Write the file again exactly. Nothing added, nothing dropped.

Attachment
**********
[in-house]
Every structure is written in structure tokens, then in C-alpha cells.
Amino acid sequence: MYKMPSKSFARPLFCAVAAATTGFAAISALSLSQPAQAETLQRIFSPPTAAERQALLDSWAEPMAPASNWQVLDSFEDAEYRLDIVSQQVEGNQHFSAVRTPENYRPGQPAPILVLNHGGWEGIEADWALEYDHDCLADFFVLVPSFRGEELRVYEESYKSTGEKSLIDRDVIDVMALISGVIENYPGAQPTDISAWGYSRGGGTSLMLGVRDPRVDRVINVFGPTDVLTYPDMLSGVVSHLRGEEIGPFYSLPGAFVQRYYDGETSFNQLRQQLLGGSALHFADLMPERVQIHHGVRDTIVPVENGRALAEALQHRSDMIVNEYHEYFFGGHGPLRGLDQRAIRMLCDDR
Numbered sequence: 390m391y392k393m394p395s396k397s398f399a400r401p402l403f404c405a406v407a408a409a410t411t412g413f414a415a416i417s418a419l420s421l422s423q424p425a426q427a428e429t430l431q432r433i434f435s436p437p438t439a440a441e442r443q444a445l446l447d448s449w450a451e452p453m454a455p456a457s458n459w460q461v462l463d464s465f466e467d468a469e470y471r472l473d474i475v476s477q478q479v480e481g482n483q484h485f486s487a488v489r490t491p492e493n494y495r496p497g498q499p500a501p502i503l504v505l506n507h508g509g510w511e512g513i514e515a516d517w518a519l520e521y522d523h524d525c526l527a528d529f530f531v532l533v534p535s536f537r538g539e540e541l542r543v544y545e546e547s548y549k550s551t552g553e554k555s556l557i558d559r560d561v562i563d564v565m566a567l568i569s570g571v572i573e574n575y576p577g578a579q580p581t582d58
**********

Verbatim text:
[in-house]
Every structure is written in structure tokens, then in C-alpha cells.
Amino acid sequence: MYKMPSKSFARPLFCAVAAATTGFAAISALSLSQPAQAETLQRIFSPPTAAERQALLDSWAEPMAPASNWQVLDSFEDAEYRLDIVSQQVEGNQHFSAVRTPENYRPGQPAPILVLNHGGWEGIEADWALEYDHDCLADFFVLVPSFRGEELRVYEESYKSTGEKSLIDRDVIDVMALISGVIENYPGAQPTDISAWGYSRGGGTSLMLGVRDPRVDRVINVFGPTDVLTYPDMLSGVVSHLRGEEIGPFYSLPGAFVQRYYDGETSFNQLRQQLLGGSALHFADLMPERVQIHHGVRDTIVPVENGRALAEALQHRSDMIVNEYHEYFFGGHGPLRGLDQRAIRMLCDDR
Numbered sequence: 390m391y392k393m394p395s396k397s398f399a400r401p402l403f404c405a406v407a408a409a410t411t412g413f414a415a416i417s418a419l420s421l422s423q424p425a426q427a428e429t430l431q432r433i434f435s436p437p438t439a440a441e442r443q444a445l446l447d448s449w450a451e452p453m454a455p456a457s458n459w460q461v462l463d464s465f466e467d468a469e470y471r472l473d474i475v476s477q478q479v480e481g482n483q484h485f486s487a488v489r490t491p492e493n494y495r496p497g498q499p500a501p502i503l504v505l506n507h508g509g510w511e512g513i514e515a516d517w518a519l520e521y522d523h524d525c526l527a528d529f530f531v532l533v534p535s536f537r538g539e540e541l542r543v544y545e546e547s548y549k550s551t552g553e554k555s556l557i558d559r560d561v562i563d564v565m566a567l568i569s570g571v572i573e574n575y576p577g578a579q580p581t582d58